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Jason R.
Wed, Jun 14, 2017, 9:31am (UTC -5)
Re: Star Trek IV: The Voyage Home

Well Peter one point about why it may take a person from the 21st century to diagnose Picard - it's not because she's better, it's because (as she states explicitly) she sees it all the time - the people of the 24th century don't. It takes a person from a savage time to more easily recognize the savage for what it is.

I like to look at the fact that Picard read Moby Dick (and Lily didn't) as more a metaphor than merely a comment on Picard happening to be a literature buff or an amusing quip. Lily talked the talk in that she could pay lip service to certain ideas (the futility of revenge, for instance) but Picard was the real deal - when faced with that ugliness, he mastered it. Everyone in the 21st century can spout platitudes about peace and forgiveness and the futility of hate, the same way Lily could cite a book she never read, but only the evolved (Picard as a standin for them) could surpass this savagery.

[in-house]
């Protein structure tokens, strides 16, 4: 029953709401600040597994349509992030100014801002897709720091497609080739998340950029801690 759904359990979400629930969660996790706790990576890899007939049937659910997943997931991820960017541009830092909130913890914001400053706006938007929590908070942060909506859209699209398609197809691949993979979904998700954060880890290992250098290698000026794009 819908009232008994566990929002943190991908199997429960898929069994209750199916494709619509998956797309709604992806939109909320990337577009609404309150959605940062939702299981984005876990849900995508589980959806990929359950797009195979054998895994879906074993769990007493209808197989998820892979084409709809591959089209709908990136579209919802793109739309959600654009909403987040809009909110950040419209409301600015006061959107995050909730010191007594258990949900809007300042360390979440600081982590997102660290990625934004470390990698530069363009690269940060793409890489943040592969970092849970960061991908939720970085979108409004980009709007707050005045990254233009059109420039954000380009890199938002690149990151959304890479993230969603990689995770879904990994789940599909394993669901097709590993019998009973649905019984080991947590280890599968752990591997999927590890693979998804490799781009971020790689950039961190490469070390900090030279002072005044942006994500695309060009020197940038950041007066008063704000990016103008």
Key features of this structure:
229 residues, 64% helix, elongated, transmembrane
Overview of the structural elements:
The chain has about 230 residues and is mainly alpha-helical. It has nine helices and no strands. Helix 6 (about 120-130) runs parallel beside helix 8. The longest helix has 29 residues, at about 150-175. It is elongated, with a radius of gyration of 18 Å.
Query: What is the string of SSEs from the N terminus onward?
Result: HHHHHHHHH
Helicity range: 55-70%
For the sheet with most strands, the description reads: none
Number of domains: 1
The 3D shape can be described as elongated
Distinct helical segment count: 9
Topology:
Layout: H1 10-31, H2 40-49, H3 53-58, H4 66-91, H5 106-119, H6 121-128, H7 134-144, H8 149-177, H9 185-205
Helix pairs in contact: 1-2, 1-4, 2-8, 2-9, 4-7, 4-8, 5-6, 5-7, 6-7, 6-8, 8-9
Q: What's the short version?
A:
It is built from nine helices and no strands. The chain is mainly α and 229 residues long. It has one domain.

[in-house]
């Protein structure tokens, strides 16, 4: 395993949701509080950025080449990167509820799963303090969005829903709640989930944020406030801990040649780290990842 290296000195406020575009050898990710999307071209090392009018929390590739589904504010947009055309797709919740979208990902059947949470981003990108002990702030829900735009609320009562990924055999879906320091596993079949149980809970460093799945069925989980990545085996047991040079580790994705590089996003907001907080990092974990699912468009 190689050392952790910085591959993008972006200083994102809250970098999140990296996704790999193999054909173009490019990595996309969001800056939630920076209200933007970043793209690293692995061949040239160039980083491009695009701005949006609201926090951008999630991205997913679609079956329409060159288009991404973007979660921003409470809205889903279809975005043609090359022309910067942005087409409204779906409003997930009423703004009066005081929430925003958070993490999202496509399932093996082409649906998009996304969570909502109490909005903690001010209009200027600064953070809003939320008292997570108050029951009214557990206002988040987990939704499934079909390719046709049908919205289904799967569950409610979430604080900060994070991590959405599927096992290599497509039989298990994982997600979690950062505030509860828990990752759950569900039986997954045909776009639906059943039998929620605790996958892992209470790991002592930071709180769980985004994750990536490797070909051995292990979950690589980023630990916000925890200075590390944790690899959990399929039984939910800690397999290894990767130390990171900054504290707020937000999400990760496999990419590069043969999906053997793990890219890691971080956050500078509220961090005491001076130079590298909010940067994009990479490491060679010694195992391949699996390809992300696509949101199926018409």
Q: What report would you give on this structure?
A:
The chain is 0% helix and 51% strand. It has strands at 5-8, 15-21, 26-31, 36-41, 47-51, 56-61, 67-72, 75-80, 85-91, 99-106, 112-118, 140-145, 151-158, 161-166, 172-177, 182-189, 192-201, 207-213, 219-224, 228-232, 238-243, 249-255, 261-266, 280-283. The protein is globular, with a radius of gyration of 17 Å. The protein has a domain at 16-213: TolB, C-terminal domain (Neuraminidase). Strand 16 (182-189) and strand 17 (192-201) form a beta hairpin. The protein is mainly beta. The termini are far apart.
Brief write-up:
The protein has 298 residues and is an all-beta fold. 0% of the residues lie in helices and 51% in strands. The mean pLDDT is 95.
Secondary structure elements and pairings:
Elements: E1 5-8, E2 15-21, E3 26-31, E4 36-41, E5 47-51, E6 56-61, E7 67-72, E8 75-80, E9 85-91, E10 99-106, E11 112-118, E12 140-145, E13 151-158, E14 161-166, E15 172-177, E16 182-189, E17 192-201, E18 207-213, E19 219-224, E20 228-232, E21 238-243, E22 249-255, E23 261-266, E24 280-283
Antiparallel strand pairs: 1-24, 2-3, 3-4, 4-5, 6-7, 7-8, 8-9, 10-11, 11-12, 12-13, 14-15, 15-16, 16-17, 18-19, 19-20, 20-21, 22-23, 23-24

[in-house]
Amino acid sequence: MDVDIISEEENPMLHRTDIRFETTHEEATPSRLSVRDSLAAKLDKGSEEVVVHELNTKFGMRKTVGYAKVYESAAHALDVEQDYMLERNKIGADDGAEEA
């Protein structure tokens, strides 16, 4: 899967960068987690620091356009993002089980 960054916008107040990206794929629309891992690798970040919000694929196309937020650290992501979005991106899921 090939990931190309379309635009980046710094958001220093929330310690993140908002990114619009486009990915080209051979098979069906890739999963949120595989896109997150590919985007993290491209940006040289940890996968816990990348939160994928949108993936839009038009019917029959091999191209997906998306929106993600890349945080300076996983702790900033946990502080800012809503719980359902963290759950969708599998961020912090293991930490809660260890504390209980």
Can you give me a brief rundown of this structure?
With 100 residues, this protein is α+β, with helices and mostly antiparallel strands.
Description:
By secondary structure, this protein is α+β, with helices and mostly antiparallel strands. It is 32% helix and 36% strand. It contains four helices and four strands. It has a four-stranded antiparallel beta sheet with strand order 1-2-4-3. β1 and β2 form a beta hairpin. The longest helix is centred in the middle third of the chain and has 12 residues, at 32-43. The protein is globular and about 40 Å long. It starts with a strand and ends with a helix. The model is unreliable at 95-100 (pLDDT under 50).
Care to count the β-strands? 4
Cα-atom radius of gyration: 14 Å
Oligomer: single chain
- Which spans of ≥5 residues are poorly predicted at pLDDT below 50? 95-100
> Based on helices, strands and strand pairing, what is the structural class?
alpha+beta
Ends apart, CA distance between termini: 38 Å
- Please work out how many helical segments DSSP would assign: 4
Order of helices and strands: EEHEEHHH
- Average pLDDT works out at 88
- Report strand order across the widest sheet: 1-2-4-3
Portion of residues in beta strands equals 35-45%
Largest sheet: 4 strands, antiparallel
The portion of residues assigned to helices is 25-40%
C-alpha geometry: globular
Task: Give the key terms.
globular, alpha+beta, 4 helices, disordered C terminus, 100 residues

Regarding the rest of what you said, I honestly don't see the movie glorifying the 21st century humans. Indeed, one if its weaknesses is we don't see much of those humans beyond Cochrane and Lily, and there just isn't much meat on those characters. The story gives us one side (Picard) but we get very little of the other, which is a shame.
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Jason R.
Wed, Jun 14, 2017, 7:56am (UTC -5)
Re: Star Trek IV: The Voyage Home

"In FC we get Picard who is damaged goods and bent on vengeance, where a decent chunk of the story is about how he's just as primitive as the humans who nearly destroyed themselves with violence. We even get a 21st century woman educating him on the finer points of obsession and objectivity. The story hear isn't any longer one of the superiority of 24th century man, but about the arrogance of 24th century man in judging man of the past (as Picard did in "Encounter at Farpoint") as being lesser in some way. Even 21st century people have something to teach the Federation, apparently."